Monday, September 7, 2009

Happy Labor Day

This case is based on a "pearl" article in UpToDate.

A 25 year old previously healthy G1P0 at 30 weeks gestational age presents with uterine contractions. She was admitted to the hospital and started on terbutaline, a beta-2 agonist, for premature labor. The contractions stopped for 12 hours, but resumed 12 hours later, and she had a normal spontaneous vaginal delivery. The following day, the patient develops cough, dyspnea, and pink frothy sputum. She is transfered to the intensive care unit for mechanical ventilation. Her exam showed tachypnea, sinus tachycardia, no JVD, no murmurs, rubs, or gallops, and diffuse crackles. ABG is 7.50/ 30/60 on 40% FiO2. CXR is shown below.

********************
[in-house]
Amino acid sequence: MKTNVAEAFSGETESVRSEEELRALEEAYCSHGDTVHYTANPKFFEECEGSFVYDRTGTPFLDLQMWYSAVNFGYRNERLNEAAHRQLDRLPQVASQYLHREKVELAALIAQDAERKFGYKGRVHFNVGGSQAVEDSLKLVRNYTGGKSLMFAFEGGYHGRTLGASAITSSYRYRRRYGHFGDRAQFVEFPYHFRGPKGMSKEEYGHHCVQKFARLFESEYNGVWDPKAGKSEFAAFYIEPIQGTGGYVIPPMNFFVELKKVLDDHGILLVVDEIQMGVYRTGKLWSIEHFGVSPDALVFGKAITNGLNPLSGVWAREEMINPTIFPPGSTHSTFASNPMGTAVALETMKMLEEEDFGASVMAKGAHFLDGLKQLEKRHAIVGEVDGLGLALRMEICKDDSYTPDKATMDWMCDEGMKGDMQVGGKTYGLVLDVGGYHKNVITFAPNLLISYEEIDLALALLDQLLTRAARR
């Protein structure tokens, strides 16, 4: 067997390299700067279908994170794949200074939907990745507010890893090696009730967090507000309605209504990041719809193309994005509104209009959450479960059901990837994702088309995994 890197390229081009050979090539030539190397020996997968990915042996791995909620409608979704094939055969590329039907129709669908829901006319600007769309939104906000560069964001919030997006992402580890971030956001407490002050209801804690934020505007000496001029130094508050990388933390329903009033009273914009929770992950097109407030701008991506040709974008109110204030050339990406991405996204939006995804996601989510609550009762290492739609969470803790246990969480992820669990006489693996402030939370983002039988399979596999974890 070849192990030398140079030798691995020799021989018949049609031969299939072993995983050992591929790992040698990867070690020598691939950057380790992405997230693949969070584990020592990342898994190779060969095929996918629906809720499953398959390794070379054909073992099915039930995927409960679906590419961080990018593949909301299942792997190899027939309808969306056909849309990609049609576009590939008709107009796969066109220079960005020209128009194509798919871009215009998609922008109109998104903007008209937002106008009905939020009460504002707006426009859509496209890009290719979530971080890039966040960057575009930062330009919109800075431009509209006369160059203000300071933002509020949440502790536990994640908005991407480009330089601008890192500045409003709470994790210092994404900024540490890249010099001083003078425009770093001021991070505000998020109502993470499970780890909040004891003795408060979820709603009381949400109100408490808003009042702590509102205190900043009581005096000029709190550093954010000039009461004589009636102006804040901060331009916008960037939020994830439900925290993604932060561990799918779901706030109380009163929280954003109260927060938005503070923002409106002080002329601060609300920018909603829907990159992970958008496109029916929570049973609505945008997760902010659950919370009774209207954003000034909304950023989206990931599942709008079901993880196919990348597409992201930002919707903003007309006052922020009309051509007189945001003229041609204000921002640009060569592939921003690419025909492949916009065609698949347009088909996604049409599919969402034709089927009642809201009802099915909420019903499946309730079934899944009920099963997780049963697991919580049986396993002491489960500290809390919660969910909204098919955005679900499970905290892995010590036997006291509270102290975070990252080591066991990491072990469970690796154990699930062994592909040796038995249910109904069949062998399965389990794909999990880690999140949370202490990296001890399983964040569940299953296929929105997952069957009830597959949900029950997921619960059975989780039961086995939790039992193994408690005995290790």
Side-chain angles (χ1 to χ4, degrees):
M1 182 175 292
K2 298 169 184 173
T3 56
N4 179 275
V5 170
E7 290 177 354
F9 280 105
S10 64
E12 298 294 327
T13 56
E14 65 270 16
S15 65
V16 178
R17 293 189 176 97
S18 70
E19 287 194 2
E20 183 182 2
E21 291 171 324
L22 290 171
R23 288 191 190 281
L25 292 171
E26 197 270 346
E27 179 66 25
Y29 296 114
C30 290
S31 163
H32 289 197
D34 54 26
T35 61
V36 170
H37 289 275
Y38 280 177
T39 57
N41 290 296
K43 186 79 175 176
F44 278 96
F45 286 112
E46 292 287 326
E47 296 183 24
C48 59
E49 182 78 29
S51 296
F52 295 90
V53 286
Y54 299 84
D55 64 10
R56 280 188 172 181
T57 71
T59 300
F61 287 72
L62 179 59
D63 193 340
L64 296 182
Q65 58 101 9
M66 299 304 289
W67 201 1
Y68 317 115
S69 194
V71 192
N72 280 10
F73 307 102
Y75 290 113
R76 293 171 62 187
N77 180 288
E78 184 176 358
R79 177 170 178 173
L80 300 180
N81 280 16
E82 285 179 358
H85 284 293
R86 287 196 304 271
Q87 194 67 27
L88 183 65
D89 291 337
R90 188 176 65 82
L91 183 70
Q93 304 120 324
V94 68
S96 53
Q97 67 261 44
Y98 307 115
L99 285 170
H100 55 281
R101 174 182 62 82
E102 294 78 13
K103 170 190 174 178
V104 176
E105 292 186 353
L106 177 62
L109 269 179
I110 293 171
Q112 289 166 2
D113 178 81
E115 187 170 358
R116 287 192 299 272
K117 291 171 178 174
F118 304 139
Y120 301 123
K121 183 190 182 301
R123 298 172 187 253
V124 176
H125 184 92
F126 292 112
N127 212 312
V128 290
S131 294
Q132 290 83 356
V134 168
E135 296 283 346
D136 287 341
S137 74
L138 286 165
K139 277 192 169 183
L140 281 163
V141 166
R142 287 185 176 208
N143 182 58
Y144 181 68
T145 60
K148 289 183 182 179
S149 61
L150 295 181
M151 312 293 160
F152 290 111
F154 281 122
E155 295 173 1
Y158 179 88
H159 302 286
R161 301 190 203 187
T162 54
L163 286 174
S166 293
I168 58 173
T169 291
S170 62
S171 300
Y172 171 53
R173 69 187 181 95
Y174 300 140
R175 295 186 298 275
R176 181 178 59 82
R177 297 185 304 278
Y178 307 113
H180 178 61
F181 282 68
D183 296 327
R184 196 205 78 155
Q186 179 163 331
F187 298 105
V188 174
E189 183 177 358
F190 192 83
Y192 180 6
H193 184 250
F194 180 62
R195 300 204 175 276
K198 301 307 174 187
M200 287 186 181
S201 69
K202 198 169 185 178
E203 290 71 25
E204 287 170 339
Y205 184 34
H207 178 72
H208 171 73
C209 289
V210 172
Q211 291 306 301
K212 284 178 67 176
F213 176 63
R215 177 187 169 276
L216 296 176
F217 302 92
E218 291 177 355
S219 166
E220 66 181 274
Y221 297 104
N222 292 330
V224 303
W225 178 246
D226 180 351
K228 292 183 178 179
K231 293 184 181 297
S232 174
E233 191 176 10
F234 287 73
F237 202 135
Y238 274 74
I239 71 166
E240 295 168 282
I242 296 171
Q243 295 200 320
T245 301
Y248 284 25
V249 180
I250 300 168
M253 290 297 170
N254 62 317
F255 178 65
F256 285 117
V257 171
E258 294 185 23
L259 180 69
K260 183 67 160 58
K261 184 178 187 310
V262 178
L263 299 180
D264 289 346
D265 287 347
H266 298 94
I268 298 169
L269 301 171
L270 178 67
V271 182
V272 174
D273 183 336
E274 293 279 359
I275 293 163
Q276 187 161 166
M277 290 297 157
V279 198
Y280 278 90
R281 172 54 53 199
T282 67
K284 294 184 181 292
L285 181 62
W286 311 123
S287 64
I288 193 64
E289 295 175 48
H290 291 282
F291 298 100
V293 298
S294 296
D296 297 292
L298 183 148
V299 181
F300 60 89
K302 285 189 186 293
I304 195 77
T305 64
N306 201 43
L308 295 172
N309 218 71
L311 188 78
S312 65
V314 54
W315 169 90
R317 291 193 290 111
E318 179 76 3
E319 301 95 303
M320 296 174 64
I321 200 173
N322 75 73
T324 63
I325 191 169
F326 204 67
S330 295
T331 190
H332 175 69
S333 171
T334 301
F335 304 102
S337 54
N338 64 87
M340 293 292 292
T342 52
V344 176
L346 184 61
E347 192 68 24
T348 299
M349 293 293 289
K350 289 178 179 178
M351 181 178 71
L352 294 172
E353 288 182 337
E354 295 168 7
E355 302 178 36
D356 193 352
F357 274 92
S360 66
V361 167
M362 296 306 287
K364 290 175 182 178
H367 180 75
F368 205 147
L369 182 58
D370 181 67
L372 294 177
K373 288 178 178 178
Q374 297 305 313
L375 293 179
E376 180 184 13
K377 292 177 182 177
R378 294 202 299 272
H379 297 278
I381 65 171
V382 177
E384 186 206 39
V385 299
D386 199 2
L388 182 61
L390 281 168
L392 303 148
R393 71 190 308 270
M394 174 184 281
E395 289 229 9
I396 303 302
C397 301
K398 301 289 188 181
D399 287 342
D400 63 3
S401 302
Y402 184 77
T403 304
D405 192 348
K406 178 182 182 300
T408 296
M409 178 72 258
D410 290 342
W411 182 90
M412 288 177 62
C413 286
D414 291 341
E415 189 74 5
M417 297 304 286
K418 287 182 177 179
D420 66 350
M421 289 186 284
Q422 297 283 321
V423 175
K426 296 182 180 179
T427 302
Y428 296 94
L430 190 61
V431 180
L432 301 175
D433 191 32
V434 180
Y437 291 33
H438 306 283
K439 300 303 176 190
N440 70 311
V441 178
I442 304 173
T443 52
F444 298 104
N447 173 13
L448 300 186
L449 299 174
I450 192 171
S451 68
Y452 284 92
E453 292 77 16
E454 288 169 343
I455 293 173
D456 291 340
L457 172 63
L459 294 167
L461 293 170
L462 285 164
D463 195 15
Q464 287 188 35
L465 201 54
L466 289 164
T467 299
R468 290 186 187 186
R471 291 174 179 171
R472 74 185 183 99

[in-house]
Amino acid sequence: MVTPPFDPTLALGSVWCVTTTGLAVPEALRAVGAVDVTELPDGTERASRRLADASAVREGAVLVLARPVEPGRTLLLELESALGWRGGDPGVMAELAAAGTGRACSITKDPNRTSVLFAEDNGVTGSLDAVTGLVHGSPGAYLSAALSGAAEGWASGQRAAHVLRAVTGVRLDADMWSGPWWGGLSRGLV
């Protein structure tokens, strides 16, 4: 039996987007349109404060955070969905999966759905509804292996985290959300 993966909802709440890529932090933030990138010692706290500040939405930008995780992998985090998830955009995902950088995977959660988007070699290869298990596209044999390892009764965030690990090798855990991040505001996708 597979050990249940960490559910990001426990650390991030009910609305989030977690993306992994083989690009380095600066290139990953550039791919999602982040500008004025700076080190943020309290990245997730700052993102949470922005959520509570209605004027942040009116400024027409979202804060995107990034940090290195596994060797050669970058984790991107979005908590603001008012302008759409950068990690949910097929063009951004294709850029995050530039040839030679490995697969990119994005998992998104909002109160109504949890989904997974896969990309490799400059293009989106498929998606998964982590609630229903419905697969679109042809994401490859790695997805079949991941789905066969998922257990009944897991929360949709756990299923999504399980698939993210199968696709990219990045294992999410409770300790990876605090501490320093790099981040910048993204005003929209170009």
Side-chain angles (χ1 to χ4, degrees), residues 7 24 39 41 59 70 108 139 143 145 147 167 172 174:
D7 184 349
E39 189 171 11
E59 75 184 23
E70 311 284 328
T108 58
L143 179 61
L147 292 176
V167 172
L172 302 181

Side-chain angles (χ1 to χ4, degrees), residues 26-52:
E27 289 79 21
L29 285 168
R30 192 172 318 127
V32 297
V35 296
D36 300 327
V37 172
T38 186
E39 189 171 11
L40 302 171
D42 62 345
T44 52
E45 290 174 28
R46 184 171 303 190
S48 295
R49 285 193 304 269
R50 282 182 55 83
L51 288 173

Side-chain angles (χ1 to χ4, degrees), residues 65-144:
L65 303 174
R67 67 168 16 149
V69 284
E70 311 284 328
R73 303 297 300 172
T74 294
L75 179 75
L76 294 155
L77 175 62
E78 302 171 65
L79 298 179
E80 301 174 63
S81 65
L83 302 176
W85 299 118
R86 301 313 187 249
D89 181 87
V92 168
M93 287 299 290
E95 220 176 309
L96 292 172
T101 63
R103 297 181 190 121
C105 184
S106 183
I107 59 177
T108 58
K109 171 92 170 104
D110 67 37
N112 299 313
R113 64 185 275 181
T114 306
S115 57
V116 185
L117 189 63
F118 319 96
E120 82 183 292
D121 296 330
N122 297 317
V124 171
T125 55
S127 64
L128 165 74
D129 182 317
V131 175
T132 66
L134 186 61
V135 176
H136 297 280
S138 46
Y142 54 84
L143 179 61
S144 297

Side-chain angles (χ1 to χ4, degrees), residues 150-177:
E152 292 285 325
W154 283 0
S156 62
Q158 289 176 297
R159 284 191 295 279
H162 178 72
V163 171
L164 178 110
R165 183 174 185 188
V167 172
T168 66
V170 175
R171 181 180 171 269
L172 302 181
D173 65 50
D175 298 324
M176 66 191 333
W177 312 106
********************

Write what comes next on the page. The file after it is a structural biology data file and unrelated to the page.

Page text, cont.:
Challenge: What is the diagnosis and the cause?

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Alex said...

amniotic fluid embolism?

Stephanie said...

hmmm, ARDS from pulmonary fat emboli?

shabnam said...

Amniotic Fluid Embolism...?

Craig Chen said...

oooh, interesting. the case was supposed to be a drug reaction to the terbutaline, but reading about amniotic fluid embolism, I think that has to be high on the differential. Nicely done!
Happy Labor Day

This is pulmonary edema due to tocolytic therapy. In pregnancy hemodynamics (increased blood volume, cardiac output, intracapillary pressure, and decreased oncotic pressure), IV beta-agonists are associated with acute pulmonary edema. Respiratory failure occurs 12 hours after delivery when tocolytics have failed to prevent labor. Chest x-ray shows bilateral alveolar infiltrates.

Sources: UpToDate; Wikipedia.